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A relativistic jetted outburst from a massive black hole fed by a tidally disrupted star

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journal contribution
posted on 21.10.2019, 14:16 by JS Bloom, D Giannios, BD Metzger, SB Cenko, DA Perley, NR Butler, NR Tanvir, AJ Levan, PTO Brien, LE Strubbe, FD Colle, E Ramirez-Ruiz, WH Lee, S Nayakshin, E Quataert, AR King, A Cucchiara, J Guillochon, GC Bower, AS Fruchter, AN Morgan, AJVD Horst
While gas accretion onto some massive black holes (MBHs) at the centers of galaxies actively powers luminous emission, the vast majority of MBHs are considered dormant. Occasionally, a star passing too near a MBH is torn apart by gravitational forces, leading to a bright panchromatic tidal disruption flare (TDF). While the high-energy transient Swift J164449.3+573451 ("Sw 1644+57") initially displayed none of the theoretically anticipated (nor previously observed) TDF characteristics, we show that the observations (Levan et al. 2011) suggest a sudden accretion event onto a central MBH of mass ~10^6-10^7 solar masses. We find evidence for a mildly relativistic outflow, jet collimation, and a spectrum characterized by synchrotron and inverse Compton processes; this leads to a natural analogy of Sw 1644+57 with a smaller-scale blazar. The phenomenologically novel Sw 1644+57 thus connects the study of TDFs and active galaxies, opening a new vista on disk-jet interactions in BHs and magnetic field generation and transport in accretion systems.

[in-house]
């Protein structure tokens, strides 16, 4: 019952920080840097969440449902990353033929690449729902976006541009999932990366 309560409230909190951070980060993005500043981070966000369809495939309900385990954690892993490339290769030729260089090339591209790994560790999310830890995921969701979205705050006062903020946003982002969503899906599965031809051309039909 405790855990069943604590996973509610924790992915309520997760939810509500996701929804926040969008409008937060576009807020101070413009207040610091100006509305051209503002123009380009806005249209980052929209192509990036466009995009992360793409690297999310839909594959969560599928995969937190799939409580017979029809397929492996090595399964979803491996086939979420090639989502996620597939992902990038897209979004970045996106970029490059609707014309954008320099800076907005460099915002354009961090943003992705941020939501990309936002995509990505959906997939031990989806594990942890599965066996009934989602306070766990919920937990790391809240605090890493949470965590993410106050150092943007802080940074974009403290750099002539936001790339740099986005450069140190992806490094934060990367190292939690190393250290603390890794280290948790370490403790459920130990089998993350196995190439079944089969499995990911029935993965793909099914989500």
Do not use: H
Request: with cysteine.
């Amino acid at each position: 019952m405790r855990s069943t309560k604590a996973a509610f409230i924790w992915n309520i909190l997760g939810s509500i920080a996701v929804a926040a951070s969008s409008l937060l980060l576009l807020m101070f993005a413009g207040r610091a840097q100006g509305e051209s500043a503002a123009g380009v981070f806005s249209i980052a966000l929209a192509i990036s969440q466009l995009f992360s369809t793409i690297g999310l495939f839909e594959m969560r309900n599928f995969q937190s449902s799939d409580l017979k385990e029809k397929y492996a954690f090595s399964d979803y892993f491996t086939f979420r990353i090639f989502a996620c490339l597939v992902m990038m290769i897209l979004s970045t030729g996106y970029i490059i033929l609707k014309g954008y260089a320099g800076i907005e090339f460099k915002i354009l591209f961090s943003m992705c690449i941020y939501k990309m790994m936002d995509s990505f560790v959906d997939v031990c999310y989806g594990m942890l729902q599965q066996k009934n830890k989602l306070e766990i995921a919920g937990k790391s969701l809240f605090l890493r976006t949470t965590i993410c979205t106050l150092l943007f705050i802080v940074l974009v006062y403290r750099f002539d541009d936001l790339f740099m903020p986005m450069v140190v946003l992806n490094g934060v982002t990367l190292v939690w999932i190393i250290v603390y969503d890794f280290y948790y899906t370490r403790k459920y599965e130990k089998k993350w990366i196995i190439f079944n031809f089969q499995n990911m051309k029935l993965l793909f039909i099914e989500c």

We thank R. Romani, C. McKee and L. Blitz for close reads of drafts of this work and for helpful interactions. We are grateful to entire Swift team for work on their remarkable facilities that enabled discovery of this event. Swift, launched in November 2004, is a NASA mission in partnership with the Italian Space Agency and the UK Space Agency. Swift is managed by NASA Goddard. Penn State University controls science and flight operations from the Mission Operations Center in University Park, Pennsylvania. Los Alamos National Laboratory provides gamma-ray imaging analysis. JSB and his group were partially supported by grants NASA/NNX10AF93G, NASA/NNX10AI28G, and NSG/AST-100991. DG acknowledges support from the Lyman Spitzer, Jr. Fellowship awarded by the Department of Astrophysical Sciences at Princeton University. BDM is supported by NASA through Einstein Postdoctoral Fellowship grant number PF9-00065 awarded by the Chandra X-ray Center, which is operated by the Smithsonian Astrophysical Observatory for NASA under contract NAS8-03060. SBC wishes to acknowledge generous support from Gary & Cynthia Bengier, the Richard & Rhoda Goldman fund, NASA/Swift grant NNX10AI21G, NASA Fermi grant NNX10A057G, and NSF grant AST-0908886. WHL is supported in part by CONACyT grant 83254. AJvdH was supported by NASA grant NNH07ZDA001-GLAST.



Science, 2011, 333 (6039), pp. 203-206

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/Organisation/COLLEGE OF SCIENCE AND ENGINEERING/Department of Physics and Astronomy


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The primary references for the data presented here were given in the text and may be found in (20) or in the NASA/Swift archive (http://heasarc.nasa.gov/docs/swift/archive/).



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